For investors arguably the most fundamental change is the introduction of the concept of good faith, which now becomes an obligation of all participants in the system. Loss recovery effectively becomes a liability with courts responsible for establishing loss amounts using principles of fairness and proportionality and unable to use lack of confirmation about a loss amount as grounds for refusing to recover losses. The new Civil Code clarifies corporate responsibilities and rights and theoretically minimises potential for corporate disputes, as well as promoting recovery of damages, imposing property liability on management and related parties. It is expected that the amendments will allow more flexible contractual mechanisms and loss recovery made more effective. Company registration types have also been simplified, Shareholders agreements may now include third parties and creditors. The criteria for affiliation have been determined, with courts given greater scope to recognise entities as being affiliated or not depending on the perceived possibility of influence, and criteria denoting control clearly established.

The revised code brings changes to the Real Estate world, including mandatory notarization of all real estate transactions, and a range of new rights for participants in the system depending upon their circumstances. The revised Civil Code introduces the non-accessory, transferable form of mortgage used in Europe, providing a creditor a much stronger legal position concerning obligations secured by mortgage and will bring the Russian property sector generally into line with the best developed international standards.

The financial securitisation market is another impacted by the Civil Code reforms, which change rules on the assignment of claims and factoring.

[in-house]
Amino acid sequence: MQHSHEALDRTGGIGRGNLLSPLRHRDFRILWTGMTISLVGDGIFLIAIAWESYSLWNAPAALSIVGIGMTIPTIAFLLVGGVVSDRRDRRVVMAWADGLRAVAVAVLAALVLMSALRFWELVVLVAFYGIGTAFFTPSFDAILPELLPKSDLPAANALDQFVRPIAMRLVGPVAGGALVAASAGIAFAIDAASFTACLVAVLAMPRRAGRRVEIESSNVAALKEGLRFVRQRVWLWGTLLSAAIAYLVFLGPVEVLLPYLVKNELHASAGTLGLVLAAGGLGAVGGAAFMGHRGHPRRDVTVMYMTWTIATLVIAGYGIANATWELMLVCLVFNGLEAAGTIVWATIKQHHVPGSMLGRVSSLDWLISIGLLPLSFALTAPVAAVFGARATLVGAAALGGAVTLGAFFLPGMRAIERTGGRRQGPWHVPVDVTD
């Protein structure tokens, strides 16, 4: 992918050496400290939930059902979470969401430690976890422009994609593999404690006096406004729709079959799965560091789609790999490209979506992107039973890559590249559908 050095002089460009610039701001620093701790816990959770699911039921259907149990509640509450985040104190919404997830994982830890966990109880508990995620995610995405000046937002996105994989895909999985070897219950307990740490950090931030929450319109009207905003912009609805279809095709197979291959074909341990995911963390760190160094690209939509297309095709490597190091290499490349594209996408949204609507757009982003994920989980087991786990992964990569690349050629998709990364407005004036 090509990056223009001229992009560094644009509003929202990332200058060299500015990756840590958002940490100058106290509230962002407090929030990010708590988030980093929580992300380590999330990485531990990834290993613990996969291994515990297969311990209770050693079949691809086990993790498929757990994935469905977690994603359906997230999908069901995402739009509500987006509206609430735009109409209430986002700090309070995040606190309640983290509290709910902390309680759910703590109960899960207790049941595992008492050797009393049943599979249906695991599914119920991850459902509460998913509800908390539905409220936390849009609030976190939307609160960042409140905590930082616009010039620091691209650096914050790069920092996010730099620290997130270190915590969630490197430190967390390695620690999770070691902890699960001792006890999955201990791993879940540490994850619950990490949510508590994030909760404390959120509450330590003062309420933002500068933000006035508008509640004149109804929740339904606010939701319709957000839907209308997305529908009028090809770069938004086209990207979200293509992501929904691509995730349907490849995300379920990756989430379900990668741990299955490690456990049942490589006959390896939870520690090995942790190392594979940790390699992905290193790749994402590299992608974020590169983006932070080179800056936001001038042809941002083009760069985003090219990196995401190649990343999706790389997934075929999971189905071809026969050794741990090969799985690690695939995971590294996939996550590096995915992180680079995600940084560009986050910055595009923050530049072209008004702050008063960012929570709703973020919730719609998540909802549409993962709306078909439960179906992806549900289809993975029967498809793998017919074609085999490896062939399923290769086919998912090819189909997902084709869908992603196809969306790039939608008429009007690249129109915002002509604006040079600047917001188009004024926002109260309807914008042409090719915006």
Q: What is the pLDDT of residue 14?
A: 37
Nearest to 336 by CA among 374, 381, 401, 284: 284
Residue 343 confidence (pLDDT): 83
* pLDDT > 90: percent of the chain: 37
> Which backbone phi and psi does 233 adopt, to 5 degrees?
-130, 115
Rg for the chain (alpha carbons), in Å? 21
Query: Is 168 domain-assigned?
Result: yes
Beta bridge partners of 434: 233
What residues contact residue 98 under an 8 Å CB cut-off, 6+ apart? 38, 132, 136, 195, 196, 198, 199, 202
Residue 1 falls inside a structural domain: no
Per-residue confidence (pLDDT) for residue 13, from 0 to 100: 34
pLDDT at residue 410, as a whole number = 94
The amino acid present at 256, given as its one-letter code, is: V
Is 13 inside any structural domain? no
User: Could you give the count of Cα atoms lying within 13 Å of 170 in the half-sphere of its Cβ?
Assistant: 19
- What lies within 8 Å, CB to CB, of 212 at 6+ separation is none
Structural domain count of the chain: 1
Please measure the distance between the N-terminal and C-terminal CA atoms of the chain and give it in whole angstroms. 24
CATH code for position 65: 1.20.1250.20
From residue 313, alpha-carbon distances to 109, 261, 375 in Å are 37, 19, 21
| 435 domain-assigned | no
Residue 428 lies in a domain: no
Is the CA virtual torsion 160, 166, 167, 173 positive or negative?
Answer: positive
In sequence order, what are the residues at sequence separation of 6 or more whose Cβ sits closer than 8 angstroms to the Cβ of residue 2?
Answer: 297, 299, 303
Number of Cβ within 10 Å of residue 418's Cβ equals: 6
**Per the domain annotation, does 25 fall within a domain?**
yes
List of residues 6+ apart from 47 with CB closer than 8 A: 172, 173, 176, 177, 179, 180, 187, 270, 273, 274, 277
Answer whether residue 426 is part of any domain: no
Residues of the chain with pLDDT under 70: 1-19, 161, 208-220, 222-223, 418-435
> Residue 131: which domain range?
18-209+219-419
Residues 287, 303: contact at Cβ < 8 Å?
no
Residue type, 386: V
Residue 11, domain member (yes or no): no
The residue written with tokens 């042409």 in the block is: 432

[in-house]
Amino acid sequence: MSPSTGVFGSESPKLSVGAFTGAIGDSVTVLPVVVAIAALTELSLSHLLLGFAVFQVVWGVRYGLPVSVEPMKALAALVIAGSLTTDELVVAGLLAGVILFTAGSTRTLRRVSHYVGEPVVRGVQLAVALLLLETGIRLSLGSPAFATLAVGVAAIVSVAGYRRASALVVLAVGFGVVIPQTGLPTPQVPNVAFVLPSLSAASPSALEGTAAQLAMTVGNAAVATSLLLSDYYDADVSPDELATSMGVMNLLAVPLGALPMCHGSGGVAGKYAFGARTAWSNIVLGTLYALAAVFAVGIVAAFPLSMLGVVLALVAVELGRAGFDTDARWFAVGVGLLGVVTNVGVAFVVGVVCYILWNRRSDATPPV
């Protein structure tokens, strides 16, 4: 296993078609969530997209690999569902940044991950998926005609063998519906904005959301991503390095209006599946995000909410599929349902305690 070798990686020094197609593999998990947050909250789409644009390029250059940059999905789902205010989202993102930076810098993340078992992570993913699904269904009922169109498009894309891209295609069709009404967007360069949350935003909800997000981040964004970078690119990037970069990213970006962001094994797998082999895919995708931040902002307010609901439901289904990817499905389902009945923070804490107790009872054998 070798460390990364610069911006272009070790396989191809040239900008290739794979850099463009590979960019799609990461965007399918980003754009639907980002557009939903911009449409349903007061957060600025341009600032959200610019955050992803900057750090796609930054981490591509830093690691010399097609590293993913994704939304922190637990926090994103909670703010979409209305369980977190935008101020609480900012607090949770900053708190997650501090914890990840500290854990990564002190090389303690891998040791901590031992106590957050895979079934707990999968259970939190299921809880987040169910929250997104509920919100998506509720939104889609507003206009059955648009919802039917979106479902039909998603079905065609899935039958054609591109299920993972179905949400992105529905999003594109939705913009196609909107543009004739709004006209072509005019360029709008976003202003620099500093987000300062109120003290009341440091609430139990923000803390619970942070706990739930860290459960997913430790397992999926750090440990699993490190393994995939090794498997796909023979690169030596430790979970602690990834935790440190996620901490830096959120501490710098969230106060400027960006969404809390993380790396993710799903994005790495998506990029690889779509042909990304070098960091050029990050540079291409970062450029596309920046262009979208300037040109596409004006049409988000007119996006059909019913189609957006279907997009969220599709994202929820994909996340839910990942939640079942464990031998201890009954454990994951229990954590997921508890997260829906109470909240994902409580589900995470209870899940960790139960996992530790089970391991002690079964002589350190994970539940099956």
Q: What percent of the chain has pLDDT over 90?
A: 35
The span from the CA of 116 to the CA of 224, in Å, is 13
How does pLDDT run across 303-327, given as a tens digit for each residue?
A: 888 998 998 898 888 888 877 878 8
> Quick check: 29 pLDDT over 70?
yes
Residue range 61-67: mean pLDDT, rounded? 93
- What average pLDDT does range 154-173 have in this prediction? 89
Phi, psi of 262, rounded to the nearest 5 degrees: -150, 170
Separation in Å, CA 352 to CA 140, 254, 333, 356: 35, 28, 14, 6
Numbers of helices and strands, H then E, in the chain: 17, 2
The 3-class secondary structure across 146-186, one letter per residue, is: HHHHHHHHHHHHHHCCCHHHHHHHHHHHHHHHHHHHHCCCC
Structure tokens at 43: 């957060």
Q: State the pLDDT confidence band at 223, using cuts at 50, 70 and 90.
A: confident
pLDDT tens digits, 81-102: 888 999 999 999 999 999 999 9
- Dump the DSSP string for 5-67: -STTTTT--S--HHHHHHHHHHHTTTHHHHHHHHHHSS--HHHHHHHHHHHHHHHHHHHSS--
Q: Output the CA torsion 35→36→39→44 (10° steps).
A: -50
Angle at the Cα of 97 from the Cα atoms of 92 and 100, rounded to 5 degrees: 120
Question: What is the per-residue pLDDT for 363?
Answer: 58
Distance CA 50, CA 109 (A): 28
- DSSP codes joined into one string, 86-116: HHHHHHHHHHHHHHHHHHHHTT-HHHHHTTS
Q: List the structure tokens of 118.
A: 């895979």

At the same time investors need to understand that doing business in Russia will involve a different business culture. For this reason English law is also increasingly being used in Russian business relations – with its long established traditions and procedures widely respected in Russia for providing greater investor surety. Increasingly Russian lawyers are becoming adept at understanding how to structure deals and agreements to ensure the best of both jurisdictions and what risks and advantages are implicit in doing this.

But ultimately the experience of each company looking to invest into Russia is largely in its own hands. Standard worldwide legal concepts such as due diligence and legal process can be their own reward in Russia too.

The most pervasive forms of corruption in Russia involve permissions (licenses, permits and the like) for companies looking to undertake a project, or they involve kickbacks for state officials involved in state procurement. The surest way to avoid becoming involved in anything which may lead to corruption is to be overt in having a company policy against corruption, have well established training for individuals involved in sensitive areas, and to have effective reporting mechanisms and legal advice. With global businesses generally operating under legislation such as the U.K. Bribery Act and the U.S. Foreign Corrupt Practices Act (FCPA) even when they are operating away from home markets, it is not just good business in Russia to stand against corruption, but good business at home as well.